The City of Santa Barbara is now in the electric bike business.
Santa Barbara’s waterfront soon will be rolling with electric bikes, docking stations and two 9-foot solar-powered kiosks.
The City Council approved the program at Tuesday’s meeting. It took two votes. One, which passed unanimiously, denied an appeal of the project from Anna Marie Gott. The second passed 6-1, with Councilwoman Kristen Sneddon opposing the solar-powered kiosks along Cabrillo Boulevard.
All of the council members agreed on the concept of electric bikes along the waterfront as a way to provide increased mobility options, with most of the debate centered on the locations of the solar-powered kiosks and the docking stations.
Rob Dayton, the city’s transportation planning and parking manager, pushed heavily for the docking stations on the sidewalk because that’s where it’s easiest for people to see and find them.
“We really need a bike share program to have access to the waterfront for our residents; it’s not just tourists,” Mayor Cathy Murillo said. “I go down there all the time.”
The conversation also heated up over solar-powered kiosks and their disruption to coastal views. The original approval called for three kiosks, but at the suggestion of Councilman Mike Jordan, the council agreed to just two, which will be placed at both ends of Cabrillo Boulevard.
The solar-powered kiosks are necessary to allow people without smartphones to use a card or cash to rent a bike for $7 for 30 minutes. The company framed it as an equity issue.
“I just want to stick up for the kiosks,” Murillo said. “It would be very elitist of us not to recognize that not everybody has a smartphone or a fancy phone. We have a lot of low-income residents in the community, and that’s what the kiosks are for.”
The city partnered with private company BCycle on the electric bike project.
Before Tuesday night’s vote, Murillo already had appeared in a promotional video for BCycle in which she touted the company and its launch downtown.
“We have been meaning to do bike share for a long time, but we didn’t have the right product, we didn’t have the right offering — thank you for presenting that,” Murillo said in the video on BCycle’s website.
Councilwoman Sneddon said she was fully in support of kiosks to provide greater accessibility for people who want to rent the bikes, but she disagreed with having to place them on Cabrillo Boulevard.
“The kiosks, I don’t want to see those on Cabrillo,” Sneddon said. “If we are really worried about accessibility, find a location where we might expect accessibility to be the lowest and put a kiosk there. Have some thought about where that kiosk goes. I think realistically people will be using an app to tell them where bikes are.”
She said part of her frustation was also with the process. The city’s Historic Landmarks Commission denied the project. When the Planning Commission approved the project, it did so without knowing about the solar-powered kiosks. In a breakdown in communication, BCycle assumed that the kiosks would hook up to the city’s electrical supply. When Dayton found that out, he informed them that the city could not dig up the sidewalk streets to provide electricity to the kiosks.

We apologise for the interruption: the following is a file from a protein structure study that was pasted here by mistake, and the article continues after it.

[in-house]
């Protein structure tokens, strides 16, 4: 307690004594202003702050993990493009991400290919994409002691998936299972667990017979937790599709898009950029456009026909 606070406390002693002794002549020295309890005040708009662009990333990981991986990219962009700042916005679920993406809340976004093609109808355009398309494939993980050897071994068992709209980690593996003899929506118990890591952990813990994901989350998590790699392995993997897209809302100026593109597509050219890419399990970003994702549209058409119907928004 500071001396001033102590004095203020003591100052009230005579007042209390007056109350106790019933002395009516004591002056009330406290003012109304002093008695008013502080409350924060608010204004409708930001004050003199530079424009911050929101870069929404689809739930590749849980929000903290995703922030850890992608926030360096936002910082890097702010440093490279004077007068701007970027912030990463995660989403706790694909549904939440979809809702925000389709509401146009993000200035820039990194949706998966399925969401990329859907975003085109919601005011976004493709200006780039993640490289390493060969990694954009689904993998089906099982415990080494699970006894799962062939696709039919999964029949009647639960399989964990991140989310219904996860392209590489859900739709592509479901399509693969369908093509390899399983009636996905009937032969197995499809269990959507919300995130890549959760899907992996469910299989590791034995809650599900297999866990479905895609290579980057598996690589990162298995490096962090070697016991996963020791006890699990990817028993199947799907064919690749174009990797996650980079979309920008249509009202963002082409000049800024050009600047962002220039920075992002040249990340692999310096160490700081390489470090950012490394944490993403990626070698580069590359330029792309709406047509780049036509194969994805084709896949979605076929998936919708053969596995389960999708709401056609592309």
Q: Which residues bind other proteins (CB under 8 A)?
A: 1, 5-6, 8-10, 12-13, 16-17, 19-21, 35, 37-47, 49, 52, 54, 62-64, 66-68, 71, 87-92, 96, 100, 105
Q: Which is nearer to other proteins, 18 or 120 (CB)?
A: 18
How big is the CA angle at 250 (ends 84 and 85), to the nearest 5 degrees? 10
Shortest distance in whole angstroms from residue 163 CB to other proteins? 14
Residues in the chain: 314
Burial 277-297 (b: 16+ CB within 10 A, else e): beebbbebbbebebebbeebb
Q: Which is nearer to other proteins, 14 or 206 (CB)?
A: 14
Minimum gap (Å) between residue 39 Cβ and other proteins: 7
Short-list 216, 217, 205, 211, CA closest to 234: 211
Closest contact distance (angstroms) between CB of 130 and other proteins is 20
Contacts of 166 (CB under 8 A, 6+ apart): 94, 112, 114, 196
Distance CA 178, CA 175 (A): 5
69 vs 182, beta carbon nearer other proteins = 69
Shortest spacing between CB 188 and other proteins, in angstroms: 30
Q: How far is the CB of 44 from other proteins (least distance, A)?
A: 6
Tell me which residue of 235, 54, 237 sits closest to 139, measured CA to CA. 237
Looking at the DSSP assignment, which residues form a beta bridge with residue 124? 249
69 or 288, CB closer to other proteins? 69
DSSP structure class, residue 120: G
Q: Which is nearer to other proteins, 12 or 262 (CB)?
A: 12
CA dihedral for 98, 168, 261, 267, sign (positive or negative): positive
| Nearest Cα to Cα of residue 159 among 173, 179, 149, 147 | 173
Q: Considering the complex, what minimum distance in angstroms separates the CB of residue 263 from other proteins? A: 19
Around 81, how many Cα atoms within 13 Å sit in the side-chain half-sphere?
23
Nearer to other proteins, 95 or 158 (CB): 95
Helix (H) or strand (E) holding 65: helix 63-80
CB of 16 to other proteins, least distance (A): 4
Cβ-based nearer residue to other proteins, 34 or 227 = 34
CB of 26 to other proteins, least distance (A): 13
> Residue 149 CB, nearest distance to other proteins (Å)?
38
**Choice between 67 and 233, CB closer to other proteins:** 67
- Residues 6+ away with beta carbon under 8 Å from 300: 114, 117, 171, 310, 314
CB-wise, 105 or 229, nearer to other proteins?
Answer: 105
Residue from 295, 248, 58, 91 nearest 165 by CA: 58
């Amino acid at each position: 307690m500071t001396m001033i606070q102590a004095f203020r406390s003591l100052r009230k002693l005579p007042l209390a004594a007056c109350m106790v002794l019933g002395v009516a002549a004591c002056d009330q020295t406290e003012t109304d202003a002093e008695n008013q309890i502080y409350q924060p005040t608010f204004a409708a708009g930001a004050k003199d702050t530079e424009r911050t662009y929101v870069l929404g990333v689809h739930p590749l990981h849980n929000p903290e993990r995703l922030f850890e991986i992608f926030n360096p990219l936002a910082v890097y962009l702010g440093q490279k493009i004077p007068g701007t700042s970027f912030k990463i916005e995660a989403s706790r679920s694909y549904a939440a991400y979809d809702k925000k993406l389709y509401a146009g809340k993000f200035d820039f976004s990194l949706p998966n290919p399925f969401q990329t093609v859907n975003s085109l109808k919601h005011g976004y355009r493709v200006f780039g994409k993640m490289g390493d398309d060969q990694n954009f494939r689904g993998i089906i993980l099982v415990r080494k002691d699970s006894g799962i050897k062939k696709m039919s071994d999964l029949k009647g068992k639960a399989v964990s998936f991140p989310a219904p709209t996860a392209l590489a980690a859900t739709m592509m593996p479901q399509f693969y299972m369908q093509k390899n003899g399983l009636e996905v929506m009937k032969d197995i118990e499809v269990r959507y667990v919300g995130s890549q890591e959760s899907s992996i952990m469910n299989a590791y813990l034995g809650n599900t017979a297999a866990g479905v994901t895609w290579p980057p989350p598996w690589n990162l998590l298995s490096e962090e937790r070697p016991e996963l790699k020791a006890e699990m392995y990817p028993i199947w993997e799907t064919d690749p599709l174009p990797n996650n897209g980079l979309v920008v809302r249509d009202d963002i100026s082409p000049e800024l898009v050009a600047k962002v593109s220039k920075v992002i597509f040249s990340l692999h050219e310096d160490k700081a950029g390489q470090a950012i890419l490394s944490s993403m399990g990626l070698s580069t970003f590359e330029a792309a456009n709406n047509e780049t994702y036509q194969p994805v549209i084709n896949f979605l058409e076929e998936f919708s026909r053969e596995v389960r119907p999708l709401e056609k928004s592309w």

So, BCycle came back with a solar-powered tower, which was one of the reasons for Gott’s appeal.
Sneddon said she didn’t like the city bypassing its own commission, or the fact that a commission approved a project without full knowledge of what it would entail. Santa Barbara’s Harbor Commission also voted against having the kiosks and docking stations along the waterfront.
Morgan Ramaker, BCycle’s director, said the solar-powered kiosks are important to allow people without smartphones to rent a bike.
“If we don’t have these kiosks, we’d have to either use a smartphone or go on a website in advance and sign up,” Rainmaker said.
The project will move forward as a pilot project. Sneddon’s concerns were echoed by Jordan, who, as a compromise, suggested only two kiosks, one at each end of the Cabrillo Boulevard, and drop the proposed third one, which would have been at or near the mouth of Stearns Wharf.
Some businesses also opposed the project. They raised concerns that the city would be going into bed with a private company, which would give them an unfair advantage.
Alicia Drew, representing Wheel Fun Rentals near the waterfront, said there are three rent-paying businesses that provide the same service as BCycle. She said the city forced Wheel Fun Rentals to move its kiosk from the Hyatt hotel, “yet the city is considering welcoming BCycle docking stations to the same area.”
“Why take away business from local companies?” Drew said.